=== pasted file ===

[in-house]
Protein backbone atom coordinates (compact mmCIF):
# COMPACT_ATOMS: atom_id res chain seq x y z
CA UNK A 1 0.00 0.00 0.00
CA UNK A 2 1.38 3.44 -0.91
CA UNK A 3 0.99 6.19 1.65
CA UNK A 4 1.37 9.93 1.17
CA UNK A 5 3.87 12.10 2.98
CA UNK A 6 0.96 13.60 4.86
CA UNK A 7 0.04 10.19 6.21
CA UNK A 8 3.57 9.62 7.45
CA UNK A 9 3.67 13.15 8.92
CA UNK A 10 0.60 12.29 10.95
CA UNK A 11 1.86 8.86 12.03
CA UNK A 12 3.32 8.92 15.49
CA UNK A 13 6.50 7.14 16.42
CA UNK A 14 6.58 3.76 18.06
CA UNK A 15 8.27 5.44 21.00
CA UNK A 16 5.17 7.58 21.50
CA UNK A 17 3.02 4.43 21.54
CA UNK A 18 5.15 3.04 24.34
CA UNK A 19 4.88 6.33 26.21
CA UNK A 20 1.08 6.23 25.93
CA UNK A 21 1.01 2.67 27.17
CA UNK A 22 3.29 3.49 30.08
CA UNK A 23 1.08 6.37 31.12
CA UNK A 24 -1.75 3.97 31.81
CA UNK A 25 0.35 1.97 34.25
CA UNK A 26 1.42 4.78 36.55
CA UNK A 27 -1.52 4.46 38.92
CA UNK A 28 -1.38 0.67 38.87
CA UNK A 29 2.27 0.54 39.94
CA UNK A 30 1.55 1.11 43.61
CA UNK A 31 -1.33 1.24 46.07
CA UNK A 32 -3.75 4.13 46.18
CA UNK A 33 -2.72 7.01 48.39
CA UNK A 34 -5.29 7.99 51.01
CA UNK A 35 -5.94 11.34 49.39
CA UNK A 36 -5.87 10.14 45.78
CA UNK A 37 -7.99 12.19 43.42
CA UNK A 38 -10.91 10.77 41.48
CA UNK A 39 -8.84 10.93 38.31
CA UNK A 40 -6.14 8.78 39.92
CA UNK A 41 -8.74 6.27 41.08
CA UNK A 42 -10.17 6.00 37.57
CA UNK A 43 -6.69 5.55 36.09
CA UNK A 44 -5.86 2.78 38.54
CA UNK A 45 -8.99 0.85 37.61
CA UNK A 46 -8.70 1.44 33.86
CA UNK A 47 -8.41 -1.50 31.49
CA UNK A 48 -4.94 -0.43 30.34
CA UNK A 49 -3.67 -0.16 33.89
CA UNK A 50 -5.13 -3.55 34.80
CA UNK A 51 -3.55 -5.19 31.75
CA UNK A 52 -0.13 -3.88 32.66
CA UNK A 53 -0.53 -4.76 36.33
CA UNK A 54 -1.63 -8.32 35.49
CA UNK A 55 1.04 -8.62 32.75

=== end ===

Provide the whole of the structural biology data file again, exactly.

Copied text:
[in-house]
Protein backbone atom coordinates (compact mmCIF):
# COMPACT_ATOMS: atom_id res chain seq x y z
CA UNK A 1 0.00 0.00 0.00
CA UNK A 2 1.38 3.44 -0.91
CA UNK A 3 0.99 6.19 1.65
CA UNK A 4 1.37 9.93 1.17
CA UNK A 5 3.87 12.10 2.98
CA UNK A 6 0.96 13.60 4.86
CA UNK A 7 0.04 10.19 6.21
CA UNK A 8 3.57 9.62 7.45
CA UNK A 9 3.67 13.15 8.92
CA UNK A 10 0.60 12.29 10.95
CA UNK A 11 1.86 8.86 12.03
CA UNK A 12 3.32 8.92 15.49
CA UNK A 13 6.50 7.14 16.42
CA UNK A 14 6.58 3.76 18.06
CA UNK A 15 8.27 5.44 21.00
CA UNK A 16 5.17 7.58 21.50
CA UNK A 17 3.02 4.43 21.54
CA UNK A 18 5.15 3.04 24.34
CA UNK A 19 4.88 6.33 26.21
CA UNK A 20 1.08 6.23 25.93
CA UNK A 21 1.01 2.67 27.17
CA UNK A 22 3.29 3.49 30.08
CA UNK A 23 1.08 6.37 31.12
CA UNK A 24 -1.75 3.97 31.81
CA UNK A 25 0.35 1.97 34.25
CA UNK A 26 1.42 4.78 36.55
CA UNK A 27 -1.52 4.46 38.92
CA UNK A 28 -1.38 0.67 38.87
CA UNK A 29 2.27 0.54 39.94
CA UNK A 30 1.55 1.11 43.61
CA UNK A 31 -1.33 1.24 46.07
CA UNK A 32 -3.75 4.13 46.18
CA UNK A 33 -2.72 7.01 48.39
CA UNK A 34 -5.29 7.99 51.01
CA UNK A 35 -5.94 11.34 49.39
CA UNK A 36 -5.87 10.14 45.78
CA UNK A 37 -7.99 12.19 43.42
CA UNK A 38 -10.91 10.77 41.48
CA UNK A 39 -8.84 10.93 38.31
CA UNK A 40 -6.14 8.78 39.92
CA UNK A 41 -8.74 6.27 41.08
CA UNK A 42 -10.17 6.00 37.57
CA UNK A 43 -6.69 5.55 36.09
CA UNK A 44 -5.86 2.78 38.54
CA UNK A 45 -8.99 0.85 37.61
CA UNK A 46 -8.70 1.44 33.86
CA UNK A 47 -8.41 -1.50 31.49
CA UNK A 48 -4.94 -0.43 30.34
CA UNK A 49 -3.67 -0.16 33.89
CA UNK A 50 -5.13 -3.55 34.80
CA UNK A 51 -3.55 -5.19 31.75
CA UNK A 52 -0.13 -3.88 32.66
CA UNK A 53 -0.53 -4.76 36.33
CA UNK A 54 -1.63 -8.32 35.49
CA UNK A 55 1.04 -8.62 32.75